You must set the stitch to a short length. On some machines, the space size is color-coded to match your buttonhole. You should also select the stitch width to slightly over the narrow end;Each zigzag stitch should be closer to the others without spreading out.
If your machine does not have buttonhole stitches, set the stitch length to a long stitch so that barrack will correctly.
Step 6 – Adjust the presser foot and get ready to sew
Now is the time to start your presser foot of the sewing machine. So it would help if you place it in the center of those original pieces of your double layer fabric. After you have done this, you are all set to sew. You must now step on your foot pedal and start the work.
Step 7 – Put your machine on the barrack step and turn your fabric
Bartack is the bottom and top stitches of your buttonhole. We can think them of as the end and sides of the buttonholes. You need to practice the barrack to get the professional stitch.
After this, you need to spin your fabric in your machine;You must lower your needle into the fabric, raise the presser foot and turn your fabric over the needle so that you are going in the right direction.
Now you need to change the side of your buttonhole select and start sewing. Always watch in which direction it is driving. As already mentioned, you can set your stitch length and width on a satin stitch to complete the second side of your buttonhole.
Step 9 – Finish the last bartack
Finally, you need to take some notes of the pattern and the order in which your buttonhole stitches will . Continue to practice these steps to get the ideal buttonhole with the machine.
Step 10 – Repeat the process to get a thicker stitching
You’re not done yet. You will need to let the thicker stitch line break while leaving the knot in. You can repeat the whole sewing process with the machine to make it thicker and more graceful.
We should start sewing on the left side of the buttonhole and move to the first corner. Then we usually go over the second corner and then back to the third to get to the original corner.
This is the ideal way to do if you are sewing without the buttonhole foot. Some people also go to the left, over the bottom first, then the right, and the top last. It depends on how your machine will work as the stitches for the buttonhole to sew differently.
If you are good at knitting, this may seem easy, as two stitch buttonholes are more popular for knit fabrics. The first step is to work from where you want the knot to be and then pull the yarn forward, purl it and then return to the yarn.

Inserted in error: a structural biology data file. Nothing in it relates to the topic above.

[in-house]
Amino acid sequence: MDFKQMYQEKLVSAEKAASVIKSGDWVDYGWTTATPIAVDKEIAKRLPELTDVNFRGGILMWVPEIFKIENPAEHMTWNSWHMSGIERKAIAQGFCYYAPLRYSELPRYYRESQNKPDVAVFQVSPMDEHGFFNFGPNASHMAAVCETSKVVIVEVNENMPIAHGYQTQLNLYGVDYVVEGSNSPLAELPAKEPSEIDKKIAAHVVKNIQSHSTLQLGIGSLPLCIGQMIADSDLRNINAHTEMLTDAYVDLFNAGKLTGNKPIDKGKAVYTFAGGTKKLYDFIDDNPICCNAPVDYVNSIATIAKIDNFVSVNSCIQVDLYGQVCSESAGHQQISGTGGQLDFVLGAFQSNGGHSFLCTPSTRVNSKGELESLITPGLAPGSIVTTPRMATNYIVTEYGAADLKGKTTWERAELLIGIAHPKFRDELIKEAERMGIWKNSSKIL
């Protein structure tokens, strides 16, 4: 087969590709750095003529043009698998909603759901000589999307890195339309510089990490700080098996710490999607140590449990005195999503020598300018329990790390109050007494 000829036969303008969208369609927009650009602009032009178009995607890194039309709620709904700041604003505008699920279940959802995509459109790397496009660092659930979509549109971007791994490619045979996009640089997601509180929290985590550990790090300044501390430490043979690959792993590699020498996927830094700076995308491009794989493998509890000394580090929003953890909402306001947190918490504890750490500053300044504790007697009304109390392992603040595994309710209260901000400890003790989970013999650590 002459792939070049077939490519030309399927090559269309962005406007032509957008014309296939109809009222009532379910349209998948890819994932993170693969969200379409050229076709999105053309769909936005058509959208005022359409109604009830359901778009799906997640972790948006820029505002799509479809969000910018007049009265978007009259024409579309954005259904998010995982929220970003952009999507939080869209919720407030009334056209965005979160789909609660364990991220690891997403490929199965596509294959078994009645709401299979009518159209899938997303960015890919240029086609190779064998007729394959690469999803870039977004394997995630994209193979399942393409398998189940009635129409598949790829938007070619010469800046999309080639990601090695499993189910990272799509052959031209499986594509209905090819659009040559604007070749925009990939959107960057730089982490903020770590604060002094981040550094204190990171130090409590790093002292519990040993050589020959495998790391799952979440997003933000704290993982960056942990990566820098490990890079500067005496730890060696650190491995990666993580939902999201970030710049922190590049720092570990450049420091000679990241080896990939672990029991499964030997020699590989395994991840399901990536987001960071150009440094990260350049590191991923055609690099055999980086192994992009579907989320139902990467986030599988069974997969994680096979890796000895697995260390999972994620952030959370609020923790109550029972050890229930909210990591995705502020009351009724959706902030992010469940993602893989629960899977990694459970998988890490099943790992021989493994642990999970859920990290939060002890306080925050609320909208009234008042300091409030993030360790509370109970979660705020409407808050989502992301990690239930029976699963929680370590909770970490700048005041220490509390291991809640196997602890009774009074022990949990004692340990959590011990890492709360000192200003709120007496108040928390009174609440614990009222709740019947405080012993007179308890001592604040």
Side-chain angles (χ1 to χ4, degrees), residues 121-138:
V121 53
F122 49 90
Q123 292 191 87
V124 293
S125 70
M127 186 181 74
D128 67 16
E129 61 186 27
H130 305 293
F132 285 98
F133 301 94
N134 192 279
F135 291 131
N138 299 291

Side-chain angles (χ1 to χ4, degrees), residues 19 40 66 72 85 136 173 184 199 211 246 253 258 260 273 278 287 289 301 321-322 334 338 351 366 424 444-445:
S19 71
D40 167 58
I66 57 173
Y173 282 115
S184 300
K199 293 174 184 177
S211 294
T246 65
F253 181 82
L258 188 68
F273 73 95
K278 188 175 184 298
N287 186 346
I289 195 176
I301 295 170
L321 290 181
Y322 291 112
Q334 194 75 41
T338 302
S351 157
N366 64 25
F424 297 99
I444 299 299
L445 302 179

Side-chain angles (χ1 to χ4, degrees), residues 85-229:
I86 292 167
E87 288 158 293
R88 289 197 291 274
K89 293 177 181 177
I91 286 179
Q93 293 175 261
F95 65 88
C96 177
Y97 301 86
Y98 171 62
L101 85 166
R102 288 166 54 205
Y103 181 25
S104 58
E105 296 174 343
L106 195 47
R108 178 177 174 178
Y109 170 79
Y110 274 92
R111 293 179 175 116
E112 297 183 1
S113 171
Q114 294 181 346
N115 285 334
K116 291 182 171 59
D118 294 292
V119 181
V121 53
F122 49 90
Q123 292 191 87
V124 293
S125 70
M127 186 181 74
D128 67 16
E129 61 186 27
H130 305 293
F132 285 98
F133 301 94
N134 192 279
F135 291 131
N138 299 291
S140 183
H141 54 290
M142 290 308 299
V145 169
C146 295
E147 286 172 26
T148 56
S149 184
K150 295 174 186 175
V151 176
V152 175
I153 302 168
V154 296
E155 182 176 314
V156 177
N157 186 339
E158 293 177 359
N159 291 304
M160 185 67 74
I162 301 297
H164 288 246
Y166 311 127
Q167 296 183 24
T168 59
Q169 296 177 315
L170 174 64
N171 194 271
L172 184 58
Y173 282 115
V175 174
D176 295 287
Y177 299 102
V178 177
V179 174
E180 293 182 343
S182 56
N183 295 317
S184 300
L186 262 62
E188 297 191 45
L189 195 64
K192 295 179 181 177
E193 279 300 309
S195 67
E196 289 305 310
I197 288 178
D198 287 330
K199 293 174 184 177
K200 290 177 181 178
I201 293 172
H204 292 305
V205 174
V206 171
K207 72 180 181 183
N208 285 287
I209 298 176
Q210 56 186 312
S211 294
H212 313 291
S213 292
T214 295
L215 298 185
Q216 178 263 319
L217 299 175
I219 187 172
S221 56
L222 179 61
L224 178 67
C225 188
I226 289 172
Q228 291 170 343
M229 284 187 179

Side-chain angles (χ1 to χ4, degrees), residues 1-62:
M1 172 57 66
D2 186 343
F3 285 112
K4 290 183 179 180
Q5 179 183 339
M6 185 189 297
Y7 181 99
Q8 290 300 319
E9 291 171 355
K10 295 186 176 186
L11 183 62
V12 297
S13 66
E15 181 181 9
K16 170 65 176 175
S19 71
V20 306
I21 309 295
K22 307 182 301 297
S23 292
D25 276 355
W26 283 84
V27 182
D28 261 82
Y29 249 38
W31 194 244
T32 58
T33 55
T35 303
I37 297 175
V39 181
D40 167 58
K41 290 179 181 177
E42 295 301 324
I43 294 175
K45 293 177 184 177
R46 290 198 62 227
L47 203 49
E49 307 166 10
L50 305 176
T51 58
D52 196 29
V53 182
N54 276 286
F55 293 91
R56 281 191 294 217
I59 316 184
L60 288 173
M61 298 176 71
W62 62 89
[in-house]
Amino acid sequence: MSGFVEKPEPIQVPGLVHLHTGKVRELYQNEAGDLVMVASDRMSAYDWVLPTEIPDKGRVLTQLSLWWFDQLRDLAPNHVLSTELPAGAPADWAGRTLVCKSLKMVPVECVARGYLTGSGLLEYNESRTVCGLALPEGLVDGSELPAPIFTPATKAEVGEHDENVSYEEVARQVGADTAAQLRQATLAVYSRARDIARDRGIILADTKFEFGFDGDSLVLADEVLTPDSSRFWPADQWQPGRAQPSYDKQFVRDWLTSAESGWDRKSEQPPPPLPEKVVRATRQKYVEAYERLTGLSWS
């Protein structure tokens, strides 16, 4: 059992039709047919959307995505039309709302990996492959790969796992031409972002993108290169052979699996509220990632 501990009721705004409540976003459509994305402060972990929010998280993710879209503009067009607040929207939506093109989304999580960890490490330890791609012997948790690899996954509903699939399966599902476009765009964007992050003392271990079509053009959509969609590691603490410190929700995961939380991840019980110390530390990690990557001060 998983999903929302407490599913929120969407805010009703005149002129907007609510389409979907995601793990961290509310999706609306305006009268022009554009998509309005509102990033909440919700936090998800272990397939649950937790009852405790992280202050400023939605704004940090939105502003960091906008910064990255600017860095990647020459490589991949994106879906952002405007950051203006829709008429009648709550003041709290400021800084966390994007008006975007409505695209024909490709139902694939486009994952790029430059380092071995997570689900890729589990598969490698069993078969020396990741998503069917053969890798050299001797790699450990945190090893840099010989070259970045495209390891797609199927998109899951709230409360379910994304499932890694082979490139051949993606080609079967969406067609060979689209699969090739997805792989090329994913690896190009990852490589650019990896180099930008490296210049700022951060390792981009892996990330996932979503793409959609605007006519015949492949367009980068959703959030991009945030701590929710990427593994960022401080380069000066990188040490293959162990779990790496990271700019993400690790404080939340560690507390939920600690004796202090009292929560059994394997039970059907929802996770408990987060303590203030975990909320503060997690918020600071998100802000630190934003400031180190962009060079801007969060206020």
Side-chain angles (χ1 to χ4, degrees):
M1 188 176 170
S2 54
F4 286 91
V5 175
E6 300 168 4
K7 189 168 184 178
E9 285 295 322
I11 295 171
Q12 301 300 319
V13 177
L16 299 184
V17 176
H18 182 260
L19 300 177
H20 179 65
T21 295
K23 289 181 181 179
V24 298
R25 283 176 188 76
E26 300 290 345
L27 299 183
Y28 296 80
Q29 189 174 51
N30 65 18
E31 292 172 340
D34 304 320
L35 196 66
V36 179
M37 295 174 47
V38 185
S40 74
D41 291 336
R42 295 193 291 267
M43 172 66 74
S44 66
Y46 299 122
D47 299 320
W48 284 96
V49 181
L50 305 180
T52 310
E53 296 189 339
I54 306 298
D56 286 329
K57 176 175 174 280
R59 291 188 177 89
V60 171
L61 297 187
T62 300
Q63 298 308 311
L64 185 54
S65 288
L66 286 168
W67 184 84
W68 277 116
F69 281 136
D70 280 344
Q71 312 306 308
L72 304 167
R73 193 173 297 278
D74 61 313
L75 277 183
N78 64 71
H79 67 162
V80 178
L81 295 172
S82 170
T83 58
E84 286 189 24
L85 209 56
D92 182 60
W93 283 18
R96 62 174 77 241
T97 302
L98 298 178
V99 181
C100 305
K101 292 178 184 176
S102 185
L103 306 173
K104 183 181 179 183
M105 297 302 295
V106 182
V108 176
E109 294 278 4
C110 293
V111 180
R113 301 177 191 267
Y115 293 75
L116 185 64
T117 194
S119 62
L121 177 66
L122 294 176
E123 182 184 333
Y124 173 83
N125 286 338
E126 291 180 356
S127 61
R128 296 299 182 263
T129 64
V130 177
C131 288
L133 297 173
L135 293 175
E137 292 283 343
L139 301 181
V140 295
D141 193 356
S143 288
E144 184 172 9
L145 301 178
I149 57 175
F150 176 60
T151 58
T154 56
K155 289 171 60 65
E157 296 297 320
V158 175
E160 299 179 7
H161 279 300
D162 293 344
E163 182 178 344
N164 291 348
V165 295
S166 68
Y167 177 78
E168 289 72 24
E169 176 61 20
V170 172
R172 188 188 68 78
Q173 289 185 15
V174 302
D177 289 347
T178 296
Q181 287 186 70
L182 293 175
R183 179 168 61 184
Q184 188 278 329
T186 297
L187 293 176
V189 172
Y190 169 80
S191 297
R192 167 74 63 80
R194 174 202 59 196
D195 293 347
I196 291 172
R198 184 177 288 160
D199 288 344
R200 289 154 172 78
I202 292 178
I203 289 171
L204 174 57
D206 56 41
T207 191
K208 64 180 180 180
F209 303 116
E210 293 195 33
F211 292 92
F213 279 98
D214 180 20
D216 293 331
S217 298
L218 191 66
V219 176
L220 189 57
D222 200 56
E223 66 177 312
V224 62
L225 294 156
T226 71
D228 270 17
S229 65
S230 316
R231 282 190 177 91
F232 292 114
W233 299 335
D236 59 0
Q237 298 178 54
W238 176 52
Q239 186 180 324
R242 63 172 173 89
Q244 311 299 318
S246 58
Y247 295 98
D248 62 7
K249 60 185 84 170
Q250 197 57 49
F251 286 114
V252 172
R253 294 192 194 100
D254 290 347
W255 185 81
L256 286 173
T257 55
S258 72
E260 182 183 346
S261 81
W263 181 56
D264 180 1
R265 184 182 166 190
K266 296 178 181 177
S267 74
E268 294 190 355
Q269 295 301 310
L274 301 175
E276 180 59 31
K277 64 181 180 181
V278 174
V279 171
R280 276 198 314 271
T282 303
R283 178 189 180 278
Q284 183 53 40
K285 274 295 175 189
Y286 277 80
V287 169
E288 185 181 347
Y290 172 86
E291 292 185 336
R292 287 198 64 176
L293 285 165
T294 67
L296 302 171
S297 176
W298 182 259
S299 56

You need to repeat the step-stitch purl and then pass the first slipped stitch over the other, and I will repeat it about 1 to 4 times. Now place the last stitch on the needle, turn and then cast on 3-6 stitches with the correct needle between the starting stitch and the second stitch.
Now, you can draw the loop and put it over the left needle. Repeat the process 4-5 times. Finally, bring the yarn back, slide the first stitch of the left needle over the right side and pass the last stitch. Then work to the end of the row and you with the two-button hole.
Several modern machines have the buttonhole foot as an automatic sewing function, making it even easier to sew several similar buttonholes in a row. But sometimes, to make the larger buttonhole, you have the size of the stitch and its placement on the machine as you sew.
One of the disadvantages of sewing the large buttonholes with the buttonhole foot is that it handles the oversized buttons. Therefore, you need to make more adjustments if you want a large buttonhole.
In addition, you also need some stabilization, especially when you use them on knitted or velvet fabrics. Then, when you , you can measure, trace and pin, similar to the process for a regular size buttonhole.
Just that your machine will need some adjustments, and that depends on the type of sewing machine you have. After doing this, you can go up one way, then the other, and up again before closing the buttonhole box.
After the stitches and the zigzag or buttonhole stitch pattern according to your machine, you need to cut. Several sewing machines also have a buttonhole sensor, so you can manipulate that too to get the job done with ease.